All in one place, we have got together the best articles and podcasts for the week on ethical and sustainable fashion.
Positive Planet is happening on 6th April in London which we will be attending. This sustainability awareness event will include talks on climate change, animal welfare and veganism.
A beginner's guide to sustainable fashion talks about how we can start making the change towards shopping more sustainably. It does not necessarily mean that we have to sacrifice our style, it is more about being wiser with our choices. Shopping product we want and will cherish, rather than clothes we will disregard after a couple of uses.
Image Credits: Natalie Weiss
The current system at the cheaper end of the industry is completely broken, it is unsustainable and it is creating an extraordinary amount of harm with ethically dubious product.
Knowing this, Fanfare set about to imagine something different. After oil fashion is the most polluting industry on the planet. In response we are making efforts to promote sustainable fashion with eco-conscious practices. Designed for longevity - our ethos is to be responsible, honest and modern.
Image Credits: Aliveshoes
The Take Action Change Fashion campaign lead by Fashion For Good has put together action points to help people become more conscious about their shopping. It isn't just about how you buy the clothes but it is about the role of fashion in your life. The way you view your wardrobe, a commitment to treasure your clothes.
Consumers are leading the charge for wanting to have more sustainable practises. When you look back 50 years fast fashion was initially a good thing fashion used to be really expensive, really slow and the rich could only afford new clothes.
It started when Yve Saint Laurent created ready to wear clothing part of his own label that you could get a bit cheaper. This paved the way for department stores to start to offer their takes on more expensive couture clothing.
In the 1970s with the increase of man made fibres and offshoring in sewing and textile manufacturing we saw a dramatic shift in the price of clothing. We all suddenly could afford new clothes.
What has happened since then is that our clothing has got cheaper and cheaper which has had catastrophic impacts. Innovations have happened in the way we can sell, the internet has allowed for cheaper sale channels – technology hasn’t been about producing better clothing for less money it has been about how to create the cheapest product.
Now we are at the time where we can buy a dress for a £5 – the price of a coffee or sandwich. The process that this dress has gone through to be £5 is extraordinary. The fibre will have to have been drawn, then been spun into yarn, the yarn has been knitted into a fabric, this fabric has then been printed or dyed, then cut and sewn and you can buy all of that for £5? Including VAT. Then we as consumers do not value it.
Stop thinking that anything is disposable even it if cost £10 love it so much has gone into it, so many people have put work into it. Sustainability is about respecting those making our product - that is revolutionary.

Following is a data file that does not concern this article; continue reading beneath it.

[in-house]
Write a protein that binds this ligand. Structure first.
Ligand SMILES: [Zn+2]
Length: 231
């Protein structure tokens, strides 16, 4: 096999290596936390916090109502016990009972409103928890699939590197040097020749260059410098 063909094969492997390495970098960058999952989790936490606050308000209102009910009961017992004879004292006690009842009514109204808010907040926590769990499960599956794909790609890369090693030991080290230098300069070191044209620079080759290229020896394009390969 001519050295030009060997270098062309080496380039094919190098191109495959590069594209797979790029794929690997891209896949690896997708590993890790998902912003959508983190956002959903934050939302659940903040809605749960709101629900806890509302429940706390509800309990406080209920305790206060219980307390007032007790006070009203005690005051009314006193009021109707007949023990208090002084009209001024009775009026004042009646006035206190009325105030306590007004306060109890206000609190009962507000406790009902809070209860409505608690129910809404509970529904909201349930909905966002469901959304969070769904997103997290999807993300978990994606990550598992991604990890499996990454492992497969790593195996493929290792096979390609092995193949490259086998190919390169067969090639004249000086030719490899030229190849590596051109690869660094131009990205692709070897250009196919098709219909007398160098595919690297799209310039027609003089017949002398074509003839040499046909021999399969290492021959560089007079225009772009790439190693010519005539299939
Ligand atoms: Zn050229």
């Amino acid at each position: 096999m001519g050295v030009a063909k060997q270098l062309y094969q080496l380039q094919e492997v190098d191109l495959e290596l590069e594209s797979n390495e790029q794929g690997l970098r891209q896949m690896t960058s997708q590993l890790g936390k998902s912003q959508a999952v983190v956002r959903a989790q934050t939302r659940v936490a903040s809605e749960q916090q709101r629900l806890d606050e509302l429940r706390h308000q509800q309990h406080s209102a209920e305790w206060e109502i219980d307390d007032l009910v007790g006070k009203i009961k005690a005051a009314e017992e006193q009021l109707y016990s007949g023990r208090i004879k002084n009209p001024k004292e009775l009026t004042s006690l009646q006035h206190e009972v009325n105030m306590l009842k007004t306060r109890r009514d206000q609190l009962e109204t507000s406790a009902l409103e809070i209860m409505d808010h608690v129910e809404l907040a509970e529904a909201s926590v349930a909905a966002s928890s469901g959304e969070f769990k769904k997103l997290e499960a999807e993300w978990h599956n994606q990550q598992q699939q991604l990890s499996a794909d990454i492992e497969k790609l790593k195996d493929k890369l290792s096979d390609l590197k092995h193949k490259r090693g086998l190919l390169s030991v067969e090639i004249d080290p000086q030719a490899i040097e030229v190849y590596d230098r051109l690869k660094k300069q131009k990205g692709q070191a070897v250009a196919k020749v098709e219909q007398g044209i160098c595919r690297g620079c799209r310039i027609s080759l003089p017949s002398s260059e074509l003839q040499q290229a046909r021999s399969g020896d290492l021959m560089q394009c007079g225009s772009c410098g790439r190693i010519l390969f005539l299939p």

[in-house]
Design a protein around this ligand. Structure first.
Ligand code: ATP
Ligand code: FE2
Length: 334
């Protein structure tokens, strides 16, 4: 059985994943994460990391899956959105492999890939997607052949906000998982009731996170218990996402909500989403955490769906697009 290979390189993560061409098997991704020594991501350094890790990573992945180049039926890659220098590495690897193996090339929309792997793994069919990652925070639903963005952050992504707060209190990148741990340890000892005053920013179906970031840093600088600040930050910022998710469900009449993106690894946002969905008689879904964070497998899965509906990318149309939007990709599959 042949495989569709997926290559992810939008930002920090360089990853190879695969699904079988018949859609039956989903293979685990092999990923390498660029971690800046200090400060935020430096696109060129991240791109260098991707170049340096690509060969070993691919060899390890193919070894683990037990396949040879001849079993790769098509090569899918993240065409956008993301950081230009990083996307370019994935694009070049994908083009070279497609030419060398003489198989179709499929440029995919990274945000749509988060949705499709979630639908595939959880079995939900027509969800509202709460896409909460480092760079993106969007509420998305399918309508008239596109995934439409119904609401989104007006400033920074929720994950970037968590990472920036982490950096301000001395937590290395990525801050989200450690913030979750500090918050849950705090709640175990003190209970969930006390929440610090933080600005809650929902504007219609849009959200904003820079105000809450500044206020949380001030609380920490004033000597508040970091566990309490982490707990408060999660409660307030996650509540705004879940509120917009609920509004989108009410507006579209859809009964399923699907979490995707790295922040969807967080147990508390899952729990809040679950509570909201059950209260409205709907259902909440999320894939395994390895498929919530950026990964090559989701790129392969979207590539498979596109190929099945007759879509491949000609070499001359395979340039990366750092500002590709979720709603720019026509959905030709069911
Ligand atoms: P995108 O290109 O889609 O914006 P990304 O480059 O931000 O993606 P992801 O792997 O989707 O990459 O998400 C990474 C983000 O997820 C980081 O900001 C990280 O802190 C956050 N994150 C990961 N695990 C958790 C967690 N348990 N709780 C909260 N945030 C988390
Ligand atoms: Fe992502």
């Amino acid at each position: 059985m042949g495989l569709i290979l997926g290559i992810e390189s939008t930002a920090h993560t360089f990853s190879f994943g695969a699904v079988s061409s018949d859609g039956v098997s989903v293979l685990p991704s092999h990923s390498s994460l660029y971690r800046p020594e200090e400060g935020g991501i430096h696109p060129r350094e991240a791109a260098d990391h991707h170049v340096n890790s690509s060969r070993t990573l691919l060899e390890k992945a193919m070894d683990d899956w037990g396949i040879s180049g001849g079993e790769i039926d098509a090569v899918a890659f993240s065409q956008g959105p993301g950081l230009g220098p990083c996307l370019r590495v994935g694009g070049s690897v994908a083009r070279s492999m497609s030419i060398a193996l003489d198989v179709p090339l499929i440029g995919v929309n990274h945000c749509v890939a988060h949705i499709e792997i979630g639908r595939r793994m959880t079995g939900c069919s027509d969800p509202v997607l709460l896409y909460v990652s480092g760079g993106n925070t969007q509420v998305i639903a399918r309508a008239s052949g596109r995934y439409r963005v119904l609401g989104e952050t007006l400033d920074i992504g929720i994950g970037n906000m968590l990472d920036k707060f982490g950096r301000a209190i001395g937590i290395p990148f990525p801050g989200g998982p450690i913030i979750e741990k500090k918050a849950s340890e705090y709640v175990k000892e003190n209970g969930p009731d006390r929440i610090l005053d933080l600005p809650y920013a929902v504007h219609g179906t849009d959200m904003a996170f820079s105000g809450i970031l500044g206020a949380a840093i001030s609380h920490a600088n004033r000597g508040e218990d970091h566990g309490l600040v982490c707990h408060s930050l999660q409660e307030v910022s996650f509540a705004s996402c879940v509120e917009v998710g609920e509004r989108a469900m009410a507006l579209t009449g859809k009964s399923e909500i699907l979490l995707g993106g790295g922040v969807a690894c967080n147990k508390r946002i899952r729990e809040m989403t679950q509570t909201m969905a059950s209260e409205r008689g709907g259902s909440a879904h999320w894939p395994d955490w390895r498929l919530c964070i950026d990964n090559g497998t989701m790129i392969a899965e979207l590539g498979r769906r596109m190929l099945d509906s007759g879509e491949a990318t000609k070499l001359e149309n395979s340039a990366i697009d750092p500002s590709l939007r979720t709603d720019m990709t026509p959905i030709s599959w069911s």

"Fashion has been incredibly stupid for decades, let’s bring it back to a point of intelligence and respect". Orsola de Castro, Fashion Revolution
Image Credits: Youfashion
Contact your favourite brands, tell companies what issues are important to you. The more people that shout out about these problems the more chance of change. Read more on how you can make a difference here.
A recent article from Quarizy discusses ways you can fall back in love with your clothes. Repairing, re-designing, dyeing, tailoring and styling are all ways you can re-use and restore. We need to change our mindset from disposable to creative.
Image Credits: Aliveshoes
The Fashion Revolution has made it easier to contact policymakers in parliament. The Government can make a real impact in this area deciding wages, limiting unethical product into the UK as well as ensuring companies adhere to environmental standards. Click here to write to a policymaker.
Good on you has summed up the best podcasts on sustainability bringing knowledge from the ethical fashion industry and insights for going greener.
We buy around 1.13 mega tonnes of clothing in the UK each year, yet wear 44% of our wardrobes. But how can we recycle unwanted clothing so that it doesn't just end up in landfill? ID magazine has written 5 ways to recycle clothing without killing the environment.
Image Credits: David Gomez Maestre, Ignant
We live in times of unprecedented change. Each era is different from the era that goes before. But actually, the era that we live in now is different for a very profound and significant reason.
We've had 12,000 years of a stable climate, 4.5 billion years of the earth actually changing itself. We're now in an era where we're creating man-made change to nature. It's commonly termed the Anthropocene. This really changes our own perception of who we are in the world and what we're doing. Nature is our only home, we can't live anywhere else. And we're messing it up. This man-made construct of climate change is also put against the man-made construct of human inequality. Both of these issues are part of fashion. We were all conceived equal and yet, we are the only species that have really created an inequality amongst us that we perpetuate through our cultures, habits, economies, and lifestyles.
Buy clothing that is designed and produced to last. Fashion should make us feel good, cherish your clothes and move away from this idea that clothing is disposable because then all it is, is waste, pollution and rubbish. Shop our ethically produced collection here.